“What?! What do they want? We paid the deposit! They got their three hundred dollars!” I've rented enough airport autos to know what that call was about. I'm guessing he has kept the car past the scheduled return date. “Just take care of it, OK?”

Later, he calls her but she can't talk because she is at the beauty salon. I was only vaguely aware that such places still existed. Then it hit me.

“I'm meeting the girlfriend at dinner, I suppose.”

“Yeah, Dad, is that alright?” That he has to ask  indicates that he is aware of possible reluctance on my part. Look, the plan was this: he was going to get that deck job straightened out, get some money and pick me up at the airport and we would blast away up the Pacific Coast to Big Sur. He knows that I have been wanting to visit the Redwoods one last time. I had often talked about riding my bicycle along that part of the planet for quite awhile. The fact that the visit has strayed so far from the plan is no surprise; in fact I expected it. And of course he wants me to meet his girlfriend.  Why not?  She is paying for it, isn't she?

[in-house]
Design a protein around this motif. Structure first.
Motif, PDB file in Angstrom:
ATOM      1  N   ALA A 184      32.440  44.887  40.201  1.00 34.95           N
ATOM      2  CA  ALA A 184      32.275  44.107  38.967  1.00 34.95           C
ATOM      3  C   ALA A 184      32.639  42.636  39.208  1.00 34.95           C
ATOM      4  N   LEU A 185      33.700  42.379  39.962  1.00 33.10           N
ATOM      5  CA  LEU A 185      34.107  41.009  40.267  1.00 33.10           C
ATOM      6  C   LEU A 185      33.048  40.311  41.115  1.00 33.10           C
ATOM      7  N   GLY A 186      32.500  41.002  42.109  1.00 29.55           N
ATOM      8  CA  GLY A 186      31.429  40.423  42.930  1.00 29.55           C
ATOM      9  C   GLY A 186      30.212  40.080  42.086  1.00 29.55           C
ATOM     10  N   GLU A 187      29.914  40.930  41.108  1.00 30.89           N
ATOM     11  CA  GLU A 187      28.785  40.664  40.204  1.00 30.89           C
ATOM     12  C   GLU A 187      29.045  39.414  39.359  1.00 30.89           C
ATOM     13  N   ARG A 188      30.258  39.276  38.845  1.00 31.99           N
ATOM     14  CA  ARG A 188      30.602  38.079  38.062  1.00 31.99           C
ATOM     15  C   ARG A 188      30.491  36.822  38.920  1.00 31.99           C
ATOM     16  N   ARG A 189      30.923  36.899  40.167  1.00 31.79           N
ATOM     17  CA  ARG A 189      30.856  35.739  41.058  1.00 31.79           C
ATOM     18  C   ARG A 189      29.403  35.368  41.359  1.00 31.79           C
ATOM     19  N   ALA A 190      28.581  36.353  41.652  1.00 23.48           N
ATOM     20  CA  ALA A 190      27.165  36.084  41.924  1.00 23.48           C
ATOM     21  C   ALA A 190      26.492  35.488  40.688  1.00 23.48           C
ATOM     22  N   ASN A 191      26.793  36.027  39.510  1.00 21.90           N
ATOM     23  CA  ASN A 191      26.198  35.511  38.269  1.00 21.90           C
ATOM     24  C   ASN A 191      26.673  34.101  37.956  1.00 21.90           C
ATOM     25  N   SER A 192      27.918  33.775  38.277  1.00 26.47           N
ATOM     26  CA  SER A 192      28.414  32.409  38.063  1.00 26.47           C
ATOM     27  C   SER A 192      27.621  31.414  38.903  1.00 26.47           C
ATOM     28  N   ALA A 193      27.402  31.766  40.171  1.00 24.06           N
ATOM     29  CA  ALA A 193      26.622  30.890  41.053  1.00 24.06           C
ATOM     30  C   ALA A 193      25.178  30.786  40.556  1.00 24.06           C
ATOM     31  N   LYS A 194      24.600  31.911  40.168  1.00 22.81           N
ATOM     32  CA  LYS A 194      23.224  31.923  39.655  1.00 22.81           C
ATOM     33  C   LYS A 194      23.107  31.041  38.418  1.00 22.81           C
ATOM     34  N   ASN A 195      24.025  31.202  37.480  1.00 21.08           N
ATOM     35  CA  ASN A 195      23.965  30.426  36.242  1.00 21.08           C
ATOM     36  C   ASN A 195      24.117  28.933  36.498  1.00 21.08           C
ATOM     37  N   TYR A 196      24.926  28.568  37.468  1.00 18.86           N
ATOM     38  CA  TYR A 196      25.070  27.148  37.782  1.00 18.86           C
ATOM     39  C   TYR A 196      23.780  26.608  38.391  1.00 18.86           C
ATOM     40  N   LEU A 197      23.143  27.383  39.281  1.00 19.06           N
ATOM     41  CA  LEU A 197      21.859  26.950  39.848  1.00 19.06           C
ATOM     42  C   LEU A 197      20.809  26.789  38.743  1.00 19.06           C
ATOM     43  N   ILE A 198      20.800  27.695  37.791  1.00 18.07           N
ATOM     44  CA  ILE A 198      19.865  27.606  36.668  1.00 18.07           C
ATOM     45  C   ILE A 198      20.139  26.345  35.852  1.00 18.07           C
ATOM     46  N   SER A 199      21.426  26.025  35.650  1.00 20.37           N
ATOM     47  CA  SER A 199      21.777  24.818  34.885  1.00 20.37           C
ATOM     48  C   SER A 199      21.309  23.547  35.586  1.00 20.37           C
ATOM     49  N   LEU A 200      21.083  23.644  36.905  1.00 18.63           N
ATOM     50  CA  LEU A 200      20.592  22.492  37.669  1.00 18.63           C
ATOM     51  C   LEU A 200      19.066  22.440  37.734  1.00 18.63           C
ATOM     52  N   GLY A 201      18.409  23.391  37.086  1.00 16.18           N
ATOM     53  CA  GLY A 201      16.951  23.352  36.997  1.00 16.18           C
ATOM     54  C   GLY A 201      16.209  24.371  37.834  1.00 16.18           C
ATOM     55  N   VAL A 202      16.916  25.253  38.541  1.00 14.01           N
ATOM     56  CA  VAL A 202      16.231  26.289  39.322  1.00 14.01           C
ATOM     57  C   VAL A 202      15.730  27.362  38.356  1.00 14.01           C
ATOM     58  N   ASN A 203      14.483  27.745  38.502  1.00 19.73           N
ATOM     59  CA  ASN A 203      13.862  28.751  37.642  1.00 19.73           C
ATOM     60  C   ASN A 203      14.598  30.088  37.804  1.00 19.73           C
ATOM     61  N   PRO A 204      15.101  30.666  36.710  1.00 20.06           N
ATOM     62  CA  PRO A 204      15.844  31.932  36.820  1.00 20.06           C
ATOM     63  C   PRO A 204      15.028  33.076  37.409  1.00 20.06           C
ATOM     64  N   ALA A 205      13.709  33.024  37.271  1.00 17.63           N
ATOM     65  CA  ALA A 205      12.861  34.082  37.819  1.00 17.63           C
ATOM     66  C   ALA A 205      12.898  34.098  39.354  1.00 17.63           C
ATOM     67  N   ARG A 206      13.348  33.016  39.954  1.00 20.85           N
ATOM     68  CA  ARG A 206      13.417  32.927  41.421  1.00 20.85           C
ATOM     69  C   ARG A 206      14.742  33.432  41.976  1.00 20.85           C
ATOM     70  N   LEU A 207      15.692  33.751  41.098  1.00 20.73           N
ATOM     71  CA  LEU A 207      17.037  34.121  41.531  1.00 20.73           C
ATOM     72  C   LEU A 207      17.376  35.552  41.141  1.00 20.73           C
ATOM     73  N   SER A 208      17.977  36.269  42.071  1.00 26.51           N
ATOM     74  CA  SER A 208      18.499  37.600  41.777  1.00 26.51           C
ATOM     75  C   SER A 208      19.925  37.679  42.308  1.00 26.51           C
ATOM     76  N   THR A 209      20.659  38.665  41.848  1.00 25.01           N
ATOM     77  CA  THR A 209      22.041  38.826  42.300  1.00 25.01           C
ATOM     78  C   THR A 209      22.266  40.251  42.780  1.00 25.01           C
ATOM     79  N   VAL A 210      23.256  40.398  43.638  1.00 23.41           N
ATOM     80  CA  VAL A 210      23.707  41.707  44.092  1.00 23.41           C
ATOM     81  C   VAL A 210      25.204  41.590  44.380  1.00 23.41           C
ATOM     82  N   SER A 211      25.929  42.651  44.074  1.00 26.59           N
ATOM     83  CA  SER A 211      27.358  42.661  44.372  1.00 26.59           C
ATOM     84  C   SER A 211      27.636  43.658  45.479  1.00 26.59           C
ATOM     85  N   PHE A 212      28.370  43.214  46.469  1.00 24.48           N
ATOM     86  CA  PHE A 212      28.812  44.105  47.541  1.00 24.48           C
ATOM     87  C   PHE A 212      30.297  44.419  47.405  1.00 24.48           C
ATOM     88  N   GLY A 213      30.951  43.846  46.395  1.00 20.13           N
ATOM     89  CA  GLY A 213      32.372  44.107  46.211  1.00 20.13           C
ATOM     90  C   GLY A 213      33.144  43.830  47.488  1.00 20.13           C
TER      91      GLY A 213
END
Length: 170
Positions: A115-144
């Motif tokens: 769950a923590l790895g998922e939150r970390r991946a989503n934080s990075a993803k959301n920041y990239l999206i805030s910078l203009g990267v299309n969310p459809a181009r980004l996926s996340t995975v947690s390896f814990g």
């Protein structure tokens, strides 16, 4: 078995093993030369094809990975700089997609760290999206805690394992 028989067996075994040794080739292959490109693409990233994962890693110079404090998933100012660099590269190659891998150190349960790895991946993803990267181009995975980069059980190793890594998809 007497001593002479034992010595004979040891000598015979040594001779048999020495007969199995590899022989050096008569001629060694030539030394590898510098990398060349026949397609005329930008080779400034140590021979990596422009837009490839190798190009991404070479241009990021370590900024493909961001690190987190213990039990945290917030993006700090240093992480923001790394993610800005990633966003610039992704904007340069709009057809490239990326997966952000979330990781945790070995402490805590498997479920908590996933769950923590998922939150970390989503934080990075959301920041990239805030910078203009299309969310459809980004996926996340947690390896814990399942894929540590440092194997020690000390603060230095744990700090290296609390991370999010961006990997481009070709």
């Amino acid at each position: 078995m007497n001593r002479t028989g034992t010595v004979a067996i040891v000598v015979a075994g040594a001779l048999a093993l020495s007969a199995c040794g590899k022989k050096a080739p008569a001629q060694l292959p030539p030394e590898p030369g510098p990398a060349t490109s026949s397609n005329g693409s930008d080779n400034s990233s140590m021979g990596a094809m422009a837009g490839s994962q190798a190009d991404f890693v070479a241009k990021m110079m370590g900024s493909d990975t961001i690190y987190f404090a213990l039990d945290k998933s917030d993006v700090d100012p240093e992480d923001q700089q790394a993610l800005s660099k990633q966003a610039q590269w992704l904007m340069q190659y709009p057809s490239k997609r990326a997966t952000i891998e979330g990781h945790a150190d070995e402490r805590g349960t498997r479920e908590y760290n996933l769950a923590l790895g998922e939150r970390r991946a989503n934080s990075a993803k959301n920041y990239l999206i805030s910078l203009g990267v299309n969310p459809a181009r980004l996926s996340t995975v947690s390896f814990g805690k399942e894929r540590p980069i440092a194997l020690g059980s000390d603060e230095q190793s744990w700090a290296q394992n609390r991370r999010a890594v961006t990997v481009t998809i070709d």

“Son, that's fine. It's just that I wasn't really ready to come out here. They didn't pay me until right before I got on the plane and I didn't have a chance to buy any clothes or get a haircut or anything. I feel like a bum walking around this town.”

 It's true. The blue jeans I'm wearing are six years old and worn beyond belief. Not cool-worn, bum-worn. During the height of my alcohol-fueled vision quest I had taken some dull scissors and whacked off my really long gray hair and had achieved a perfect mental-patient coiffure. I had shaved with a too-old razor and when I saw my reflection in an airport mirror I was shocked that they would let someone like me get on the plane.